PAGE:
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China on US boycott of Winter Games

As Biden considers skipping Beijing Olympics, China says ‘political sport’ harms the mind, turning the games into a political flashpoint

Politicizing sport is against Olympic spirit, harms athletes' interests: China over US boycott of Winter Games

Representative image. News18

China’s foreign ministry on Friday accused the United States of violating the “Olympic spirit” after President Joe Biden said he was considering a diplomatic boycott of the Beijing Winter Olympics over human rights violations.

“Politicizing sports is against the Olympic spirit and harms the interests of athletes from all countries,” Foreign Ministry spokesman Zhao Lijian said at a briefing.

President Joe Biden said Thursday that he is considering a US diplomatic boycott of the Beijing Winter Olympics in what would be an effort to crack down on violations of Chinese rights without affecting US athletes.

That’s “something we’re considering,” Biden told reporters during a meeting with Canadian Prime Minister Justin Trudeau at the White House. The Beijing Olympics will take place in February next year.

Biden’s comments followed a much-anticipated video summit with Chinese counterpart Xi Jinping late Monday, in which the two leaders said they wanted to ensure stability and prevent accidental conflict.

The US president is under pressure at home to speak out about China’s human rights abuses, especially in the Xinjiang region, where the US administration says oppression of the Uyghur ethnic group is classed as genocide.

Campaigners say at least a million Uyghurs and other Turkic-speaking, mostly Muslim, minorities are locked up in camps in Xinjiang, where China is also accused of forcibly sterilizing women and imposing forced labour.

China’s foreign ministry on Friday dismissed the rights allegations as “inconsistent with the truth and completely unfounded,” calling Washington’s claims a “joke in the eyes of the Chinese people.”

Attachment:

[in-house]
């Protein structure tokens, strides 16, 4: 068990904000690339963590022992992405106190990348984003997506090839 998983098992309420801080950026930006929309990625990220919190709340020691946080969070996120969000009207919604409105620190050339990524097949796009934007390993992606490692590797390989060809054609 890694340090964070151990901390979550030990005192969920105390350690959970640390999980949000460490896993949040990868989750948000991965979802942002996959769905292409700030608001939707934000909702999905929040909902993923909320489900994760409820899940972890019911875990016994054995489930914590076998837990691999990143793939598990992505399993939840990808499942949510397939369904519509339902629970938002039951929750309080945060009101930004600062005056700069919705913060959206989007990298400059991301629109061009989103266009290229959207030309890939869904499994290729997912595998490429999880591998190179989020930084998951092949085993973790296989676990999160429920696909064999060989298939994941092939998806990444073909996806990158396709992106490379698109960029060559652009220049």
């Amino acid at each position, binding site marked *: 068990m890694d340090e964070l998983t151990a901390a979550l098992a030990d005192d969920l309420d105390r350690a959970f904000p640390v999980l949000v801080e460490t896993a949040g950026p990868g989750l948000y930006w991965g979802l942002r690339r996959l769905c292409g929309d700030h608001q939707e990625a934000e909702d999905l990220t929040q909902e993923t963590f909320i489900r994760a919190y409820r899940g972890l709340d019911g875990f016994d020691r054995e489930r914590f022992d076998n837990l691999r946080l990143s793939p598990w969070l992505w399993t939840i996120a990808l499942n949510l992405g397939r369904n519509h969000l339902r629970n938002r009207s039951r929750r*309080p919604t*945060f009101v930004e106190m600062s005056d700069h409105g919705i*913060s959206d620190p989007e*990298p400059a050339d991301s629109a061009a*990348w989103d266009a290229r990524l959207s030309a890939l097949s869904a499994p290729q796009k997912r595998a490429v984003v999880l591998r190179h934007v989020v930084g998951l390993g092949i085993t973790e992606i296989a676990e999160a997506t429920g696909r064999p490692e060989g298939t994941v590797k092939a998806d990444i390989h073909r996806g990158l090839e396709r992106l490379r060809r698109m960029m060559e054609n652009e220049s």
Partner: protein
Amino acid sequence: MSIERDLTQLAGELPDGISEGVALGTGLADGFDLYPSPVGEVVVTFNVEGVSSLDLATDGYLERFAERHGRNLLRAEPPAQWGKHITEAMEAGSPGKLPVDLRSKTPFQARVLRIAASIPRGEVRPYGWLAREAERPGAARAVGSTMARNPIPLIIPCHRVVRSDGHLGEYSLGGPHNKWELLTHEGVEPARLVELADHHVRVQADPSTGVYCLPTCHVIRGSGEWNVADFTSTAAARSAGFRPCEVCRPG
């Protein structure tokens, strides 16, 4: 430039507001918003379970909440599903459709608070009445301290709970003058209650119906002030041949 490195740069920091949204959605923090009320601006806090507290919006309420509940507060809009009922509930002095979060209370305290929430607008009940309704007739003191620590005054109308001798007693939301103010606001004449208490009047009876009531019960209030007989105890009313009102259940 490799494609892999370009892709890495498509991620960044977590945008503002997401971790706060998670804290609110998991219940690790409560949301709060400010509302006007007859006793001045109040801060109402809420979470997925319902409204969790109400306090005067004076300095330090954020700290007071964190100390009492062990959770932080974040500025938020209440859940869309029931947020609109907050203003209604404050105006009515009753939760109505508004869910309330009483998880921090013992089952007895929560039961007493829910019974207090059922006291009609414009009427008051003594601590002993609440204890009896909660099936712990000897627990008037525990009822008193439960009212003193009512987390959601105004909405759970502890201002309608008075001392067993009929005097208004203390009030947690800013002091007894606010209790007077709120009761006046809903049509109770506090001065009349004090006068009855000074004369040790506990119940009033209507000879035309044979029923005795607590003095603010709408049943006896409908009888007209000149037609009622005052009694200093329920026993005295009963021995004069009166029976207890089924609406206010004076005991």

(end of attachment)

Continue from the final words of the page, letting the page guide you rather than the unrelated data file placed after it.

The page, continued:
“Politicizing sports is against the Olympic spirit and harms the interests of athletes from all countries,” Foreign Ministry spokesman Zhao Lijian said during a regular press conference on Friday.

On Tuesday, The Washington Post reported that the Biden administration would soon announce a diplomatic boycott, meaning that while athletes would still compete, government representatives would not sit in the stands.

White House officials said the issue was not raised at the virtual Biden-Xi summit.

balancing act
US-China relations bottomed out under Biden’s predecessor Donald Trump, with a massive trade war and inflammatory debate over how the COVID-19 The virus first appeared in the Chinese city of Wuhan.

Biden has tried to reconnect with Beijing, while at the same time focusing on strengthening traditional US alliances to counter China’s expanding economic influence and military presence in the Indo-Pacific region.

He has had two lengthy phone conversations with Xi and was eager to meet him in person.

But with the Chinese leader not traveling outside the country since the start of the Covid pandemic, this week’s virtual summit was the only possible next step.

After Biden mentioned a possible boycott of the Olympics, press secretary Jen Psaki said she has “no update on what our presence will be.”

“I want to give the national security team and the president room to make the decision,” she said.

For Biden, that decision will be part of a complex diplomatic balancing act.

His administration has maintained trade tariffs on Trump-era China and continues to order naval patrols over sensitive international shipping routes that China is accused of trying to control.

However, while Biden also emphasizes the need for dialogue, critics on the right say he is being too soft.

This makes the approaching Olympics a political flashpoint.

“The United States must implement a full and total boycott of the Beijing Winter Olympics. The threat to our athletes and China’s crimes against humanity leave us no other option,” Republican Senator Tom Cotton tweeted on Thursday.

Psaki said the White House sees US-China relations “through the prism of competition, not conflict.”

However, she added: “We are deeply concerned” about human rights.